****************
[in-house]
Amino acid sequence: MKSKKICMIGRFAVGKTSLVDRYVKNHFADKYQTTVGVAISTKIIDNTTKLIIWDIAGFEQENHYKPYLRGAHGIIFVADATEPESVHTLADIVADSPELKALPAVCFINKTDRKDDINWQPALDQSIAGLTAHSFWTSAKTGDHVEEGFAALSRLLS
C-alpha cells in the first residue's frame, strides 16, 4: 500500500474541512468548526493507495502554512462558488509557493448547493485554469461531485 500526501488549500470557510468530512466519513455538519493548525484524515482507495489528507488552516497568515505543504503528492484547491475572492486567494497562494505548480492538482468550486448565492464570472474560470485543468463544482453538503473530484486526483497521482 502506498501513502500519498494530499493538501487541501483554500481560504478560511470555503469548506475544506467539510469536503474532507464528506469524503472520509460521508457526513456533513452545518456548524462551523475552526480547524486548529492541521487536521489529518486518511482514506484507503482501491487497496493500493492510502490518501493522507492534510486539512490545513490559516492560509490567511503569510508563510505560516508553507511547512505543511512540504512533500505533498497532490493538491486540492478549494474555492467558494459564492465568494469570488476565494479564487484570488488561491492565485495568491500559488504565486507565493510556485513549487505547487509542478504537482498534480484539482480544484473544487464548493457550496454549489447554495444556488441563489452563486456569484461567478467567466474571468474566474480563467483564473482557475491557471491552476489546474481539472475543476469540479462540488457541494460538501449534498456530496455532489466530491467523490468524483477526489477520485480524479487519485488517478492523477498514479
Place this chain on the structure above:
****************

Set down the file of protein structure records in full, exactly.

[in-house]
Amino acid sequence: MKSKKICMIGRFAVGKTSLVDRYVKNHFADKYQTTVGVAISTKIIDNTTKLIIWDIAGFEQENHYKPYLRGAHGIIFVADATEPESVHTLADIVADSPELKALPAVCFINKTDRKDDINWQPALDQSIAGLTAHSFWTSAKTGDHVEEGFAALSRLLS
C-alpha cells in the first residue's frame, strides 16, 4: 500500500474541512468548526493507495502554512462558488509557493448547493485554469461531485 500526501488549500470557510468530512466519513455538519493548525484524515482507495489528507488552516497568515505543504503528492484547491475572492486567494497562494505548480492538482468550486448565492464570472474560470485543468463544482453538503473530484486526483497521482 502506498501513502500519498494530499493538501487541501483554500481560504478560511470555503469548506475544506467539510469536503474532507464528506469524503472520509460521508457526513456533513452545518456548524462551523475552526480547524486548529492541521487536521489529518486518511482514506484507503482501491487497496493500493492510502490518501493522507492534510486539512490545513490559516492560509490567511503569510508563510505560516508553507511547512505543511512540504512533500505533498497532490493538491486540492478549494474555492467558494459564492465568494469570488476565494479564487484570488488561491492565485495568491500559488504565486507565493510556485513549487505547487509542478504537482498534480484539482480544484473544487464548493457550496454549489447554495444556488441563489452563486456569484461567478467567466474571468474566474480563467483564473482557475491557471491552476489546474481539472475543476469540479462540488457541494460538501449534498456530496455532489466530491467523490468524483477526489477520485480524479487519485488517478492523477498514479
Place this chain on the structure above: